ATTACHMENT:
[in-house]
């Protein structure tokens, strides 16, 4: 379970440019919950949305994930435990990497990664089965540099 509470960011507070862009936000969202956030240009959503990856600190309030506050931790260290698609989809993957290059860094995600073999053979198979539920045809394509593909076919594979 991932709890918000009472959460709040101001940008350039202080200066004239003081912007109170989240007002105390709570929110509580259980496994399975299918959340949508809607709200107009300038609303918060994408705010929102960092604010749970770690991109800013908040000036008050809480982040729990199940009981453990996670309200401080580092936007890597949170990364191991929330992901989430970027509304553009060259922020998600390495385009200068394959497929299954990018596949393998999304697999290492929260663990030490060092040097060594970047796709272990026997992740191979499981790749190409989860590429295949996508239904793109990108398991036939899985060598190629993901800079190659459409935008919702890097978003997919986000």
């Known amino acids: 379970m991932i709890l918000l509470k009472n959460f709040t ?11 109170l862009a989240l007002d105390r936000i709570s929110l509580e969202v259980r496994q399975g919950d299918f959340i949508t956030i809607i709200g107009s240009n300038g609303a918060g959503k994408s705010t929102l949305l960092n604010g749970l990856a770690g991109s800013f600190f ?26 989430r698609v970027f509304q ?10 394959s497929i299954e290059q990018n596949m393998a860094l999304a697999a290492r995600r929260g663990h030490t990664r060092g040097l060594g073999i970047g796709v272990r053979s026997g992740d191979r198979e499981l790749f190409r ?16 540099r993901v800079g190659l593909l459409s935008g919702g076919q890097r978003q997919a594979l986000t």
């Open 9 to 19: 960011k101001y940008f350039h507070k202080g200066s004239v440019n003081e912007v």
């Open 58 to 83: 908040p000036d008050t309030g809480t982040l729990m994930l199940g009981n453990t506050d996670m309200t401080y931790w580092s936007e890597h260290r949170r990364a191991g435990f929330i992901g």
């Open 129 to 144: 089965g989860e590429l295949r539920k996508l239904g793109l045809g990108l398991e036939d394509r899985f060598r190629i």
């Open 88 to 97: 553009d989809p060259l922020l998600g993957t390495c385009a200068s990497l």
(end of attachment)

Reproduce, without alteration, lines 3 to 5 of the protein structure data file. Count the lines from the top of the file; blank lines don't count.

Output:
């Known amino acids: 379970m991932i709890l918000l509470k009472n959460f709040t ?11 109170l862009a989240l007002d105390r936000i709570s929110l509580e969202v259980r496994q399975g919950d299918f959340i949508t956030i809607i709200g107009s240009n300038g609303a918060g959503k994408s705010t929102l949305l960092n604010g749970l990856a770690g991109s800013f600190f ?26 989430r698609v970027f509304q ?10 394959s497929i299954e290059q990018n596949m393998a860094l999304a697999a290492r995600r929260g663990h030490t990664r060092g040097l060594g073999i970047g796709v272990r053979s026997g992740d191979r198979e499981l790749f190409r ?16 540099r993901v800079g190659l593909l459409s935008g919702g076919q890097r978003q997919a594979l986000t």
């Open 9 to 19: 960011k101001y940008f350039h507070k202080g200066s004239v440019n003081e912007v």
């Open 58 to 83: 908040p000036d008050t309030g809480t982040l729990m994930l199940g009981n453990t506050d996670m309200t401080y931790w580092s936007e890597h260290r949170r990364a191991g435990f929330i992901g």